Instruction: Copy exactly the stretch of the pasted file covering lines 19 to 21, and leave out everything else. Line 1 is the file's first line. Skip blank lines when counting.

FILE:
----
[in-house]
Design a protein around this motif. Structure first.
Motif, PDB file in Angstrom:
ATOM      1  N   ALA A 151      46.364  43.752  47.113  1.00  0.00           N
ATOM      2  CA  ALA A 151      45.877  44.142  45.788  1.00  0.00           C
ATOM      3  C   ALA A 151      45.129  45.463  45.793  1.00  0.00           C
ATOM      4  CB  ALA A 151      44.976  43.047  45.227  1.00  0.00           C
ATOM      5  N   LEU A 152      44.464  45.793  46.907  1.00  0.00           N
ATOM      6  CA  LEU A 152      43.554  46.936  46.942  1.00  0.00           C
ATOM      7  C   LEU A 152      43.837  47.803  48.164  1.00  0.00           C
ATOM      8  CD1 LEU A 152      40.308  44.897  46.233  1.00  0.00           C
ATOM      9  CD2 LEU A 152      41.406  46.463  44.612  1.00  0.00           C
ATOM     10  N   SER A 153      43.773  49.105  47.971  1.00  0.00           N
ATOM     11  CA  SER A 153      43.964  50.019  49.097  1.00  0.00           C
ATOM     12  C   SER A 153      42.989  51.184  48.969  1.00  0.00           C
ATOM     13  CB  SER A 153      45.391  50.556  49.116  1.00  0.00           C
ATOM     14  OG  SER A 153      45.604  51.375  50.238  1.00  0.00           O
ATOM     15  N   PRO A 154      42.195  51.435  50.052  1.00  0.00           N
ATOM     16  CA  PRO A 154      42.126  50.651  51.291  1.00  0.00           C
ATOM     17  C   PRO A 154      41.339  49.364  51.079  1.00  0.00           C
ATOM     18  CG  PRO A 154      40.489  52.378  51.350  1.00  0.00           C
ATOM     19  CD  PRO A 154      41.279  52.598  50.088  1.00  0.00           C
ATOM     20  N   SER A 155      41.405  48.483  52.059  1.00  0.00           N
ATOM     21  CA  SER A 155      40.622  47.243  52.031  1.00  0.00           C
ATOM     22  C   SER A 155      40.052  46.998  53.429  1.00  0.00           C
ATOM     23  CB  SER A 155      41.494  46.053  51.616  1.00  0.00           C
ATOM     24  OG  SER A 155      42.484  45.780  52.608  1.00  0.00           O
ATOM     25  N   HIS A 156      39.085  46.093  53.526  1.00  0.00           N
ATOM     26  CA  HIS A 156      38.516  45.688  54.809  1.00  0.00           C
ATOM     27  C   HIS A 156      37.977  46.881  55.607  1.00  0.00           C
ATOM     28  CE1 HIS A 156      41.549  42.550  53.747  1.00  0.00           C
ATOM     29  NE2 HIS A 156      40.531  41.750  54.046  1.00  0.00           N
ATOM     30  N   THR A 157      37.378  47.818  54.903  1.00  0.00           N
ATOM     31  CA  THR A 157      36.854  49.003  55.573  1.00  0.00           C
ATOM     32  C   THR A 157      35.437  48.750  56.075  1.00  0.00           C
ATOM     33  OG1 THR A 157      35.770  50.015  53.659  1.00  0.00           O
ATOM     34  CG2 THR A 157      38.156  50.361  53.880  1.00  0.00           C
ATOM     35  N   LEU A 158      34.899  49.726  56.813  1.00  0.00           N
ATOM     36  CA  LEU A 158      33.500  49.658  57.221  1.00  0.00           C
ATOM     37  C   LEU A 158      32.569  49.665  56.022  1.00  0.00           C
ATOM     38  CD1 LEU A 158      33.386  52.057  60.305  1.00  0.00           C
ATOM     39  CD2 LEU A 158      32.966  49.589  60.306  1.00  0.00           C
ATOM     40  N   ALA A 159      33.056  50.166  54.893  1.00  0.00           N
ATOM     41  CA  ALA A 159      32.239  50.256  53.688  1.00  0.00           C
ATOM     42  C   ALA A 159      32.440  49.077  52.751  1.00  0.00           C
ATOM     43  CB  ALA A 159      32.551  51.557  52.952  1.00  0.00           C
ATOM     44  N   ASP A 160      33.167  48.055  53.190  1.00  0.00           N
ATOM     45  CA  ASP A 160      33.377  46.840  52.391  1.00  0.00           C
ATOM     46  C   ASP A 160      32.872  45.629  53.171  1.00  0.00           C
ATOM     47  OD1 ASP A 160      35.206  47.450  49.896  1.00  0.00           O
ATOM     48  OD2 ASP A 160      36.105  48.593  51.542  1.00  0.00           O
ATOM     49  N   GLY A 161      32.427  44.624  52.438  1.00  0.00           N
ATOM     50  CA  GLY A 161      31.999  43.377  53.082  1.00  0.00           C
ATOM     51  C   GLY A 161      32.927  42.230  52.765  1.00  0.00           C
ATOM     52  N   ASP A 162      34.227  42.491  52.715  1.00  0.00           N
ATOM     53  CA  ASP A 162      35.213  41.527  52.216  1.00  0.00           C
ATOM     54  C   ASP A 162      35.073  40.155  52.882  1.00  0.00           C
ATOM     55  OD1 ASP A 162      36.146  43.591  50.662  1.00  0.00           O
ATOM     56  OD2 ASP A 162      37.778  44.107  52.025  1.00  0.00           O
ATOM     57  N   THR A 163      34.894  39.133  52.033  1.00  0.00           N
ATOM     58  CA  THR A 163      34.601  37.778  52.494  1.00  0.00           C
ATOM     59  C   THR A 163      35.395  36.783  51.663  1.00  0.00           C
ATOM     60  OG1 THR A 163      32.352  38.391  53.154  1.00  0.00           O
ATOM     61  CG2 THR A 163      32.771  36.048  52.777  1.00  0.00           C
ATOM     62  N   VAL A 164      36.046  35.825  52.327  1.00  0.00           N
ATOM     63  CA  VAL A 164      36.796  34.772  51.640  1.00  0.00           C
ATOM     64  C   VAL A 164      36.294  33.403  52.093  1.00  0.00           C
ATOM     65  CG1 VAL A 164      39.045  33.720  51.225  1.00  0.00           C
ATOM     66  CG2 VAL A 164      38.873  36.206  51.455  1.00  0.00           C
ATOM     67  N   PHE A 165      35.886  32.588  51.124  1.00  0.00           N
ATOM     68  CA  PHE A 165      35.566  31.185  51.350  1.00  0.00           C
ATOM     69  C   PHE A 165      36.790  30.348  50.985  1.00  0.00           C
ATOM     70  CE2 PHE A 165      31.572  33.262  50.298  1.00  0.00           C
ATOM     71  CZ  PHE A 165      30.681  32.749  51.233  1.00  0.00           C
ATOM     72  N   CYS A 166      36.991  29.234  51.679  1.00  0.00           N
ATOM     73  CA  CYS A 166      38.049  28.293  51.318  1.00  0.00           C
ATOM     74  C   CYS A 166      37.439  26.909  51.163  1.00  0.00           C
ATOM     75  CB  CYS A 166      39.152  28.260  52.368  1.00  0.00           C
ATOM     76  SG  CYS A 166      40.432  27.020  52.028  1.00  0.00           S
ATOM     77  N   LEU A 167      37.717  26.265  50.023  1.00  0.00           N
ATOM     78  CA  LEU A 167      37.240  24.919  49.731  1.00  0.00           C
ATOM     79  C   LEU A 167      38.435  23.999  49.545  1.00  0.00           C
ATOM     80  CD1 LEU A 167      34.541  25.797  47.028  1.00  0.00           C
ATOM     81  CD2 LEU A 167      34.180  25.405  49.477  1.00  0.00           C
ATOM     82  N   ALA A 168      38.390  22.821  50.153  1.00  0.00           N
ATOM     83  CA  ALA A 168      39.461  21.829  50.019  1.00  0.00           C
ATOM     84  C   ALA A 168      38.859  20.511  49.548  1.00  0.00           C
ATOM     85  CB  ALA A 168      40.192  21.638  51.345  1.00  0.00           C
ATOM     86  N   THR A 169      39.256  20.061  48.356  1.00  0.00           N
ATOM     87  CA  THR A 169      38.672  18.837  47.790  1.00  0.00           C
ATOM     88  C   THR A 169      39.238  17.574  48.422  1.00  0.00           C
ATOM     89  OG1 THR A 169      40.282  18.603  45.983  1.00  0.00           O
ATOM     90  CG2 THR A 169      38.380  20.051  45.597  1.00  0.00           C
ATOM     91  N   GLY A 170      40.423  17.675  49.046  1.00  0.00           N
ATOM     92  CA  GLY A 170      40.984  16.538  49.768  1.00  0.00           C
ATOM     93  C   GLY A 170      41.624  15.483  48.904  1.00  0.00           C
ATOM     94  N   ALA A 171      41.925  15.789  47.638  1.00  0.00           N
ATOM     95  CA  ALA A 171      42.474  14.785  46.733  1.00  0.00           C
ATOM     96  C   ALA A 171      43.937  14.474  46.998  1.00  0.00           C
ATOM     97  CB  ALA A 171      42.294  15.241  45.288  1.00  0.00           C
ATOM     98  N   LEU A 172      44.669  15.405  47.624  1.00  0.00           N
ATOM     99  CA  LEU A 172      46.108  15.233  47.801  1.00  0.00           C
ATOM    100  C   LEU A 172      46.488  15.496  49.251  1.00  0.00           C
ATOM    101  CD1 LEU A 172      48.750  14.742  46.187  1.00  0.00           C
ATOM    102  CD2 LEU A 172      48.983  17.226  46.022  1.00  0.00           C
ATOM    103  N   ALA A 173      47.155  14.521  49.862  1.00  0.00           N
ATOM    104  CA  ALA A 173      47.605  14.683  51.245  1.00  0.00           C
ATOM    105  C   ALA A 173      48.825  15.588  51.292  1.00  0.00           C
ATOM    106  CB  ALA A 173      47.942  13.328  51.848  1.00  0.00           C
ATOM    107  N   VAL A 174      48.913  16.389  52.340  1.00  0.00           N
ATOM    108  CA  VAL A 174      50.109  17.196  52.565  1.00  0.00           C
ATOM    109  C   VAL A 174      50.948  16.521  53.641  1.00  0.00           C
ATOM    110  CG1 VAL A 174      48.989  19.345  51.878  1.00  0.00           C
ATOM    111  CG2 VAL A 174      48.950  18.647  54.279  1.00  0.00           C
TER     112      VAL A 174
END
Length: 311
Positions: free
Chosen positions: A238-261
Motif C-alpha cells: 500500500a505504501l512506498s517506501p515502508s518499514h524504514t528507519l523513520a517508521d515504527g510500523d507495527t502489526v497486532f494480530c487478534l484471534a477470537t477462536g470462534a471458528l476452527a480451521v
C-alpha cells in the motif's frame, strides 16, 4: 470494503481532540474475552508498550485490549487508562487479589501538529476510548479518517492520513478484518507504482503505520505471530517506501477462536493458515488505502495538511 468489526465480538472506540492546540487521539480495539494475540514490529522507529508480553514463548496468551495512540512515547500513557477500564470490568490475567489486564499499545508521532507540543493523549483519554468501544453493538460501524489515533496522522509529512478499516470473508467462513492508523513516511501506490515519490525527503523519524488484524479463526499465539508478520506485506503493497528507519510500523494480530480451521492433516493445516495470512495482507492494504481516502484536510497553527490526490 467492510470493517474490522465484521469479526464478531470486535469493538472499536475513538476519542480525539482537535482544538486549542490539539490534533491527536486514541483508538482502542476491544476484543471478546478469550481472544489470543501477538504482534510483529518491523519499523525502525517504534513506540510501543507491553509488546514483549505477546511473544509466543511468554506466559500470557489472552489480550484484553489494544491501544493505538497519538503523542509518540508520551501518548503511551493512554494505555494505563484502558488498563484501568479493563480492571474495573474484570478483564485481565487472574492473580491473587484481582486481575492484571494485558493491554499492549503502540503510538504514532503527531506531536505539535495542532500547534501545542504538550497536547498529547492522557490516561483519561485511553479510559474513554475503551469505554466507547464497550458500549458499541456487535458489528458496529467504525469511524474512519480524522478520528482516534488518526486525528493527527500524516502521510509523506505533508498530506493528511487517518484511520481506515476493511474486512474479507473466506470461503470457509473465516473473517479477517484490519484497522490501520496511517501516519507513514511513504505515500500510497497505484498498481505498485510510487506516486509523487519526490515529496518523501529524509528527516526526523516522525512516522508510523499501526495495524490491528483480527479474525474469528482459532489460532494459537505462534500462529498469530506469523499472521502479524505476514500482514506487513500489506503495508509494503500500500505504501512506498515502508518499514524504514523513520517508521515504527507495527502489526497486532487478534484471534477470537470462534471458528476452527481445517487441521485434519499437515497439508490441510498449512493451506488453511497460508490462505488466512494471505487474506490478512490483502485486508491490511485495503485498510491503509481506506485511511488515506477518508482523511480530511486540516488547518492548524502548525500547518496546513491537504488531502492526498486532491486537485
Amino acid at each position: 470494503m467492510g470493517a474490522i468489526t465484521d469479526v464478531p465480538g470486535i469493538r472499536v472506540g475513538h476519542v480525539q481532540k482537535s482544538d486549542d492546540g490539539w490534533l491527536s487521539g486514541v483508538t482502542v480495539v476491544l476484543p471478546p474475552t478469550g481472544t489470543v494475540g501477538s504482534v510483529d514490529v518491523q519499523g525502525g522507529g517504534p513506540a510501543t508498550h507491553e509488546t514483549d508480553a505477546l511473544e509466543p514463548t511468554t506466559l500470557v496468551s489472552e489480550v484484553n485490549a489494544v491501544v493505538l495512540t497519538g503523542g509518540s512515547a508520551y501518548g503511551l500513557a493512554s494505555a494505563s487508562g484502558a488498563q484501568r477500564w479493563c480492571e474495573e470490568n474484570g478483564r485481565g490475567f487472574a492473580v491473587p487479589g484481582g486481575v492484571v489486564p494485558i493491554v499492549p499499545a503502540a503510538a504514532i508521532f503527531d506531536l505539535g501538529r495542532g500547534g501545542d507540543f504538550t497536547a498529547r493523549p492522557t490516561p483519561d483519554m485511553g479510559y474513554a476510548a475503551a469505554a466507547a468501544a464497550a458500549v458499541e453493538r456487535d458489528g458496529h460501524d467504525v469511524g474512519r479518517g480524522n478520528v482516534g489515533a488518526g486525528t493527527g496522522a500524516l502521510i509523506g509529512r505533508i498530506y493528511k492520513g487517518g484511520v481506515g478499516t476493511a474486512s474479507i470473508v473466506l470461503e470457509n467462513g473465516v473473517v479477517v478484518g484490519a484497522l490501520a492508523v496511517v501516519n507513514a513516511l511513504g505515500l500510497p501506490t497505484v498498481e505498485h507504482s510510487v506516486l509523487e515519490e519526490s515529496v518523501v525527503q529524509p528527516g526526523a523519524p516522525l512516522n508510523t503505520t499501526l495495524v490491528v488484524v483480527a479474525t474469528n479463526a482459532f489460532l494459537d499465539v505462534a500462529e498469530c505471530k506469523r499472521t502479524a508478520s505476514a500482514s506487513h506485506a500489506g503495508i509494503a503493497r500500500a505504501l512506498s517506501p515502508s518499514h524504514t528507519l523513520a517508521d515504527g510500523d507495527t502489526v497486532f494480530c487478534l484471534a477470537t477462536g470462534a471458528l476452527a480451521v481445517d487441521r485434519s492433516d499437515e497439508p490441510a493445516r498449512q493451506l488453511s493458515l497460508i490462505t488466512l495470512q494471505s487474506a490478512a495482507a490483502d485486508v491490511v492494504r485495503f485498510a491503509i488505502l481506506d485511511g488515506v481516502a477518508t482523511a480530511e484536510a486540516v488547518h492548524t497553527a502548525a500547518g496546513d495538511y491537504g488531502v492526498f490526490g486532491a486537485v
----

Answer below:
ATOM     16  CA  PRO A 154      42.126  50.651  51.291  1.00  0.00           C
ATOM     17  C   PRO A 154      41.339  49.364  51.079  1.00  0.00           C
ATOM     18  CG  PRO A 154      40.489  52.378  51.350  1.00  0.00           C